Captain America The First Avenger (2011): Some people didn’t like this movie because they say it’s boring and nothing really happens. I say, shut up, it’s a great story with a great cast about a kid with great moral standing becoming what he deserves and being able to be a positive influence on those around him. What I love about Captain America is that his signature accessory is his shield. Unlike most other superheroes, he’s a defense first, don’t throw the first punch kind of guy. When brought to Johann Schmidt/Red Skull (Hugo Weaving), he is asked what makes him special, why he is the one to bring down Schmidt’s HYDRA/Nazi sect. To which Steve Rogers (Captain America, played by Chris Evans) replies, “Nothing, I’m just a kid from Brooklyn.” It’s this humbleness and “why can’t we all just be friends” attitude that makes him such a likeable character. With the support of Tommy Lee Jones, Hayley Atwell, Dominic Cooper, Sebastian Stan, and Stanley Tucci, this is another underrated cast that comes through in spades. The film also presents a good WW2 vibe, and although can’t really be classified as a war movie, demonstrates a different side of war movies, such as the volunteering and politics involved in bond sales at home. The score sets the tone rather well to boot, and has a good 1940s feel to it. Joe Johnston solidly directs, with a solid, if not predictable plot, this is the perfect movie to be a set up for The Avengers and is one of Marvel’s best yet. 8.5/10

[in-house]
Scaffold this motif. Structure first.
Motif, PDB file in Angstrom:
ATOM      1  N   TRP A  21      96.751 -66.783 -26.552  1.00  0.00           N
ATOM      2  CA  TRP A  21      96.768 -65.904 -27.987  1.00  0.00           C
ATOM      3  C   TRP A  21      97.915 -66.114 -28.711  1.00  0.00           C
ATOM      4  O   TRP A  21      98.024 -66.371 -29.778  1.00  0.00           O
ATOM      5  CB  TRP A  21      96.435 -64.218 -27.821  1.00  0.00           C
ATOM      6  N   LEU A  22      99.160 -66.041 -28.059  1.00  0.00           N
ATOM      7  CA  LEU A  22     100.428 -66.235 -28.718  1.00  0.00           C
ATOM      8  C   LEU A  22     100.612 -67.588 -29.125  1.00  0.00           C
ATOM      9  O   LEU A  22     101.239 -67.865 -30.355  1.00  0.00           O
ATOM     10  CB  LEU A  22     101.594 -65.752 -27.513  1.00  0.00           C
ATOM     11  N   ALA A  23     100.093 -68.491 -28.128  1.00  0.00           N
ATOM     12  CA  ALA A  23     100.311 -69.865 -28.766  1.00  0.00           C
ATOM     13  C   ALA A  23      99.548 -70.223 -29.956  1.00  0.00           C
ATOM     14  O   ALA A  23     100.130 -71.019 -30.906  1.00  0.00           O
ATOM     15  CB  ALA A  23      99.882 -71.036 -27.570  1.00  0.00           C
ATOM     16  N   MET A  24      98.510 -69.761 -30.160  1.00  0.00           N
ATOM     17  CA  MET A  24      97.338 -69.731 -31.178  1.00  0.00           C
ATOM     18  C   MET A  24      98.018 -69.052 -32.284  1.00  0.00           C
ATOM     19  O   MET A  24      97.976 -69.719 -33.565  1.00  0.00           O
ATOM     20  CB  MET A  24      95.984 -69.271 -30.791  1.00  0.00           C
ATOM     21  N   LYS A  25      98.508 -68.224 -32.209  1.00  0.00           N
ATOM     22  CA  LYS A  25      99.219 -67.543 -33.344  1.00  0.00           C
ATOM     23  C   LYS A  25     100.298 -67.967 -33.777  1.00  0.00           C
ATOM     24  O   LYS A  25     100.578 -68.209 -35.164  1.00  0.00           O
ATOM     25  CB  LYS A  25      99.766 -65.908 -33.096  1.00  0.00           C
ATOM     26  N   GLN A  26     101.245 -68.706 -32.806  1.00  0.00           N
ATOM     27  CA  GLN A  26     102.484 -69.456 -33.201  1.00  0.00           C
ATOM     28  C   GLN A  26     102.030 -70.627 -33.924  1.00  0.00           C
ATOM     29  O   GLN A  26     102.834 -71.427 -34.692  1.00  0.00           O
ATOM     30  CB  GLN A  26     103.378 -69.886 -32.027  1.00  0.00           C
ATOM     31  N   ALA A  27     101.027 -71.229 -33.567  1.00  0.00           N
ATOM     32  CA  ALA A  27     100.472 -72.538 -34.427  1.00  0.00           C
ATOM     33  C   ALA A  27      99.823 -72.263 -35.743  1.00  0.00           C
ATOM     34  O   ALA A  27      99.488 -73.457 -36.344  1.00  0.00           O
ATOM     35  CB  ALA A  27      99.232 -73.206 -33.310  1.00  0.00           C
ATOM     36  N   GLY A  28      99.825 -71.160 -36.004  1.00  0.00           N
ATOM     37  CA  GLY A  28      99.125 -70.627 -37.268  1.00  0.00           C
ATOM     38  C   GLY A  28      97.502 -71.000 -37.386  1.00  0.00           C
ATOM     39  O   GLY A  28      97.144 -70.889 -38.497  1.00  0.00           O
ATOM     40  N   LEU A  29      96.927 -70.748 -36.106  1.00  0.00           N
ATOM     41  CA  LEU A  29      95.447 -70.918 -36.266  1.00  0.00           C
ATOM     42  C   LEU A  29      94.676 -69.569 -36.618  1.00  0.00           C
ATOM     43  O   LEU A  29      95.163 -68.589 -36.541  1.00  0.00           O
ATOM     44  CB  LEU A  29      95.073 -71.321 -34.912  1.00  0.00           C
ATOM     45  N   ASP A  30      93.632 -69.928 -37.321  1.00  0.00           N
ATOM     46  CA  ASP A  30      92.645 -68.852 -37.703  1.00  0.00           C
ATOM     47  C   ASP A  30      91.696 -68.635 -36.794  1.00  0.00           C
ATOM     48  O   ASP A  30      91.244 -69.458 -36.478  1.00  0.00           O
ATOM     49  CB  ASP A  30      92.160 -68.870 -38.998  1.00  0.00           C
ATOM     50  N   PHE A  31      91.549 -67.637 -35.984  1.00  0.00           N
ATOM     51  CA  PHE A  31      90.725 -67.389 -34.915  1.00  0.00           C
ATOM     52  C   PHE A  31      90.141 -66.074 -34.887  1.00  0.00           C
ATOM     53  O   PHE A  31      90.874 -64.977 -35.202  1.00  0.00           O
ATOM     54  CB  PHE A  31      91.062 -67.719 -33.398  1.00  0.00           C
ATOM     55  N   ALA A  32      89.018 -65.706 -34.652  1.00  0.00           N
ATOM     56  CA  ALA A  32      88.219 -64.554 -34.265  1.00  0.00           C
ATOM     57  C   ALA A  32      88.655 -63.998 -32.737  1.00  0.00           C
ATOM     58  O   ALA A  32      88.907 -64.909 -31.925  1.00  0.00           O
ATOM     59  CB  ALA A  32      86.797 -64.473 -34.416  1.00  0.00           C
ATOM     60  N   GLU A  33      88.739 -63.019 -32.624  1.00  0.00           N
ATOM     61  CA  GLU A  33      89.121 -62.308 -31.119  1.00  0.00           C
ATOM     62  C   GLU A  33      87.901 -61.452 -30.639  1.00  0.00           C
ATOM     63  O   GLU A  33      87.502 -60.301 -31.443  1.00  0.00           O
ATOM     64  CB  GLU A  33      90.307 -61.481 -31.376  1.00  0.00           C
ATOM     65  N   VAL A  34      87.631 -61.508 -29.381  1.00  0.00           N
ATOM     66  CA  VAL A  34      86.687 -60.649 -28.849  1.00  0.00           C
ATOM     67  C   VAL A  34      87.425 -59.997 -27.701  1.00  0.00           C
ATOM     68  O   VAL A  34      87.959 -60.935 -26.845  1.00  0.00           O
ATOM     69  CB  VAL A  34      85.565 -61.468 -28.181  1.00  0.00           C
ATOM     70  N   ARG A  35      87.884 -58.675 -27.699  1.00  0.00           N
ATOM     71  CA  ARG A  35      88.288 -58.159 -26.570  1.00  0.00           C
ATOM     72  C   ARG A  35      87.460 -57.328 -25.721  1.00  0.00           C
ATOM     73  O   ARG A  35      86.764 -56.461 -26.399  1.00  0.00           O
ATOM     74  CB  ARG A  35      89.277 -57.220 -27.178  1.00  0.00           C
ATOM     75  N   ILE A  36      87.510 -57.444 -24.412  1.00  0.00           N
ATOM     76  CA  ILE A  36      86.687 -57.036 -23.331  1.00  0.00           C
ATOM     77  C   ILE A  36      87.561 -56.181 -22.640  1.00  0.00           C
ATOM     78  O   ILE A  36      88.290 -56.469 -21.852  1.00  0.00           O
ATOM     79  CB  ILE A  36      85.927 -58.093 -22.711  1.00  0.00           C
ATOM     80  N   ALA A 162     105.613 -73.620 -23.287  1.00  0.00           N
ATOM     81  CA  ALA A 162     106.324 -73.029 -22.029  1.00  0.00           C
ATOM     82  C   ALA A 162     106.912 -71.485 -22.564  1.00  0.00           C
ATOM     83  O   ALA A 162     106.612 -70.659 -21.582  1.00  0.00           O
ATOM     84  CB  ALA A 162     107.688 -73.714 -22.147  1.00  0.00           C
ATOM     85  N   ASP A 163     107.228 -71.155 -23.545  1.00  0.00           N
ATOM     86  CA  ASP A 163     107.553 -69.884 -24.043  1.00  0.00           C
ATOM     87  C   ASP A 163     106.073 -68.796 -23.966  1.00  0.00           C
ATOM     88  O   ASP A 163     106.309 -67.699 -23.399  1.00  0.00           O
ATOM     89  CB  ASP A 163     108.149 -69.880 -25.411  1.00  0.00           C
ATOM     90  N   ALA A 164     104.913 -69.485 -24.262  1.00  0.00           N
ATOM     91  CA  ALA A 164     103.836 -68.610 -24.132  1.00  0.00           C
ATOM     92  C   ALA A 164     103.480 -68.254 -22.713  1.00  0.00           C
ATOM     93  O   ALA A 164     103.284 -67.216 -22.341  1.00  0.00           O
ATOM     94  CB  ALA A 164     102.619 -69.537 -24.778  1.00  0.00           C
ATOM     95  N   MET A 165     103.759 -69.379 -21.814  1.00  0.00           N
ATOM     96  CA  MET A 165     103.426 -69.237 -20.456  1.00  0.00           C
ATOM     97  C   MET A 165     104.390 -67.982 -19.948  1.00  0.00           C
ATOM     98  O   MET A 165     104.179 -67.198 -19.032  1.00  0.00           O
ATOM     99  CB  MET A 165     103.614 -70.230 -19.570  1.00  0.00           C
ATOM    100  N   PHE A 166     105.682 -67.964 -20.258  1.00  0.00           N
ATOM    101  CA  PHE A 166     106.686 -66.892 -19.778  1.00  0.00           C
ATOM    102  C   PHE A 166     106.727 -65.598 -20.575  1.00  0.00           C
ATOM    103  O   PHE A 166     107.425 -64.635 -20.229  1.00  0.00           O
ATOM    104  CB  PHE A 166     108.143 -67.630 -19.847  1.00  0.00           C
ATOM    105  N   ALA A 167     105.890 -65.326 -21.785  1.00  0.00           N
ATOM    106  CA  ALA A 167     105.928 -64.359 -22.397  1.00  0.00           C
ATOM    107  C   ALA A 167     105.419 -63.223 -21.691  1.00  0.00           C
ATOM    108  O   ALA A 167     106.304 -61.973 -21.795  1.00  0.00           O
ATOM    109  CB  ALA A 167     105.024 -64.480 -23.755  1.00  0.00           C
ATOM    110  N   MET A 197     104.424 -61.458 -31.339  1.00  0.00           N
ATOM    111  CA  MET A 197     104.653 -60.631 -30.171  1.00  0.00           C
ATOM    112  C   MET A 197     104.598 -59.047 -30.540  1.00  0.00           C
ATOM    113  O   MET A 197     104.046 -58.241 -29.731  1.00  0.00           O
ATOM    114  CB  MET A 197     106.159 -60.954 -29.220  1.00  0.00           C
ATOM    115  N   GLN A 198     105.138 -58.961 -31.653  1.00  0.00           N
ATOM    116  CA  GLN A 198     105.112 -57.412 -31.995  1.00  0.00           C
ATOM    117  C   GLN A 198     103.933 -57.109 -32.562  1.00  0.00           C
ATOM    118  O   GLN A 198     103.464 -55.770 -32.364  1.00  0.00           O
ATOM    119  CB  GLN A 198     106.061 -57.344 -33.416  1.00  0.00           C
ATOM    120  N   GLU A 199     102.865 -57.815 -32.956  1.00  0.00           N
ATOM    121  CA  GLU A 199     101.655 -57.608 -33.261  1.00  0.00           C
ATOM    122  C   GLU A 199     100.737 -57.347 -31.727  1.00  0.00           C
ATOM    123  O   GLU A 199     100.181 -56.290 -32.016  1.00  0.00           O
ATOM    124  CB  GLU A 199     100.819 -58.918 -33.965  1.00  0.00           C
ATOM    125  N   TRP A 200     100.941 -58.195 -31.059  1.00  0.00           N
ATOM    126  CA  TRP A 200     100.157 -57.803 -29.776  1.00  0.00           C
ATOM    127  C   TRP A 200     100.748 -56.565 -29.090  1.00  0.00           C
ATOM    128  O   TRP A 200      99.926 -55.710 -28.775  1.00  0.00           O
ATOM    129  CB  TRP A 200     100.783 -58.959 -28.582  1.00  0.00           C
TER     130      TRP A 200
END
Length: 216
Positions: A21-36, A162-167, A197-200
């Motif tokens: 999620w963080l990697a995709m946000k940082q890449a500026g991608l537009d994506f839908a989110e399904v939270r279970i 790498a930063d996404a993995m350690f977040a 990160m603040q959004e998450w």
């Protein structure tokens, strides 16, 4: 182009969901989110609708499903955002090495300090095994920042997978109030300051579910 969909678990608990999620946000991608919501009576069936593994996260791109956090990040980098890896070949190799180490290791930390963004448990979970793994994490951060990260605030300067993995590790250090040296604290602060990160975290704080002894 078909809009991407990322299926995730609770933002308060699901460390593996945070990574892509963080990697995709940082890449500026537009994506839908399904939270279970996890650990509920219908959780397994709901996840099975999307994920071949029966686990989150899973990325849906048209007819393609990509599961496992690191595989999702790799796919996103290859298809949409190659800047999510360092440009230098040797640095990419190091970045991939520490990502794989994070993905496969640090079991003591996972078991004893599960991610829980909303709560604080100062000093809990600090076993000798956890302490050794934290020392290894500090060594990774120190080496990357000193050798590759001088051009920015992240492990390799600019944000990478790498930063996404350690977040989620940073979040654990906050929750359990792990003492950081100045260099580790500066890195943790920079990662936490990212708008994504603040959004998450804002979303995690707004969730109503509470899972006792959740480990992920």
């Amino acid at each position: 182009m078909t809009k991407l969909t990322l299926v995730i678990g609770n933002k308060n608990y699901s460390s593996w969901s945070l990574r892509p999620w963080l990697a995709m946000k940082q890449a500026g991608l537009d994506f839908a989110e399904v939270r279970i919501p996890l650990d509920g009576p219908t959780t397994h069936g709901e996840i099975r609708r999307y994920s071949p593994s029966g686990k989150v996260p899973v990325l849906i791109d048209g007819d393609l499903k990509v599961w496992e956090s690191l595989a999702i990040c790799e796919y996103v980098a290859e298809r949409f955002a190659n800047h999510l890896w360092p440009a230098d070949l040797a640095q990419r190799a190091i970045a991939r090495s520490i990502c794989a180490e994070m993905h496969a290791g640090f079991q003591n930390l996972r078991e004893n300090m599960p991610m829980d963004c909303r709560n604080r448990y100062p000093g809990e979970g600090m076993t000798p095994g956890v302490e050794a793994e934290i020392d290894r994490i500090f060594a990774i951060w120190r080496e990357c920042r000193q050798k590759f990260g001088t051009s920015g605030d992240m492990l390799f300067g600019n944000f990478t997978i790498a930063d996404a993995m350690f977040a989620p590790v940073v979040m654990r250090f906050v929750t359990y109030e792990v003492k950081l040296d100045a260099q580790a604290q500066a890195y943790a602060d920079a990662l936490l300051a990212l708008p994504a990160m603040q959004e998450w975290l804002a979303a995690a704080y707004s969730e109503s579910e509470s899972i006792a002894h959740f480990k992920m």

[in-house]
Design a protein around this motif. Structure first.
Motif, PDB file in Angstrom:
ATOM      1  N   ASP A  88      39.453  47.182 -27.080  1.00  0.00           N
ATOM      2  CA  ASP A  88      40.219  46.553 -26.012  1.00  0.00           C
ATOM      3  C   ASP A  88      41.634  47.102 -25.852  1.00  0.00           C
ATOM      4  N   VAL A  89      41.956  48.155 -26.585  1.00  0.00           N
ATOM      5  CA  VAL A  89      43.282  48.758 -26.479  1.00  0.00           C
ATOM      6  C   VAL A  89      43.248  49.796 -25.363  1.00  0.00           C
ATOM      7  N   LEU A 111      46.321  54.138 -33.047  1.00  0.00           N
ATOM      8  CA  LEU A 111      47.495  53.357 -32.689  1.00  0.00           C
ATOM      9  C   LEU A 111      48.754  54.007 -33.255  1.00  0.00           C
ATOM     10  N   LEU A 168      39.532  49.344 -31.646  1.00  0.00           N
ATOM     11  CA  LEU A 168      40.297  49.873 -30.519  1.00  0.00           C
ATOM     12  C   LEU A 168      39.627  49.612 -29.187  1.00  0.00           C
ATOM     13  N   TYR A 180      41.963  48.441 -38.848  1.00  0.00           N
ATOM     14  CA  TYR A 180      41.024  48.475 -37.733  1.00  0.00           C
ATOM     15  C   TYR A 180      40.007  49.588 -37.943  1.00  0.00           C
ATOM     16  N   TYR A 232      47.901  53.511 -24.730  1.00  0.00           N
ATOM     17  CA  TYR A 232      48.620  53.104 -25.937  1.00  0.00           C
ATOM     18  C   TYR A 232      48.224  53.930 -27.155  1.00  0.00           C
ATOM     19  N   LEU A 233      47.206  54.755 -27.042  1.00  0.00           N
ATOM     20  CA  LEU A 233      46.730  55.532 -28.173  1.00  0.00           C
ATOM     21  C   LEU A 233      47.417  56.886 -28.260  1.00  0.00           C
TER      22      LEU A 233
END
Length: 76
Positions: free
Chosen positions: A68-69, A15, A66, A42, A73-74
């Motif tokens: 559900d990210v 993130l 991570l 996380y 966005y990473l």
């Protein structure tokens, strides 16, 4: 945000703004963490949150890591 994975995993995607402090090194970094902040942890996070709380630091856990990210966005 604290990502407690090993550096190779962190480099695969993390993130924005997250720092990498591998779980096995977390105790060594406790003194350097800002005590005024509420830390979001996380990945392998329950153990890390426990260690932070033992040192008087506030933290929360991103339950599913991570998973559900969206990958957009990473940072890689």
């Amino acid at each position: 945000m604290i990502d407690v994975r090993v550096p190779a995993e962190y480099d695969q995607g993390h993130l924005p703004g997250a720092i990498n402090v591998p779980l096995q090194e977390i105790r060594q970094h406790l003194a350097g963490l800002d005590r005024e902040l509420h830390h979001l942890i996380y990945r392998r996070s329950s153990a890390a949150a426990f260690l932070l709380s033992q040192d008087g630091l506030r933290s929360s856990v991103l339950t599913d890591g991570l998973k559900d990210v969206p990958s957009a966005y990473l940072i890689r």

Marvel’s The Avengers (2012): And finally, the film with all the acclaimed heroes in it. You’ve all seen it. You know how good it is. From Thor duking it out with Iron Man in the woods, to Captain America directing police and superhero traffic in the streets of NYC, to the Hulk thrashing Loki around like a rag doll, there’s a reason this movie is so popular and made so much money. The A-List superheroes gel well together (at least, eventually), in a well written, well directed epic put together by director Joss Whedon. My only issues with it are the overuse of CGI as the villainous army of Chitari, and the fact that Nick Fury (Samuel L. Jackson) still seems rather lame. His only BA moment was shooting down a jet fighter with an RPG off the deck of his ship, and it would’ve been even cooler if he knocked it out of midair from downtown. They need to unleash the Jules Winnfield version of Samuel L into Nick Fury, and make him an actually interesting character. My final problem is the absence of Edward Norton thanks to the cheapness of Marvel Studios. Although Mark Ruffalo puts in a great performance as Bruce Banner/The Incredible Hulk, he simply is not Edward Norton who absolutely nailed the role in The Incredible Hulk. You could make more money with Norton in the role simply because as an A-Lister, he could spawn more standalone sequels and would be well worth the extra pay. That way you could reuse Liv Tyler, Tim Roth, William Hurt, and the rest of the cast from the original. As it stands though, thanks to Kevin Feige, the producer over at Marvel Studios, we’ll never see that come to fruition. The “others” in the cast, Scarlett Johansson as Natasha Romanov/The Black Widow, and Jeremy Renner as Clint Barton/Hawkeye round out the star-studded cast, even if the “Non Tier – 1” heroes don’t put in as good performances. Thanks to The Avengers, Iron Man 3 made a stupid amount of money despite how terrible and ruinous it was. Hopefully, the standards of quality set forth by Whedon  carry over to The Avengers 2 which is currently in pre-production. 9.5/10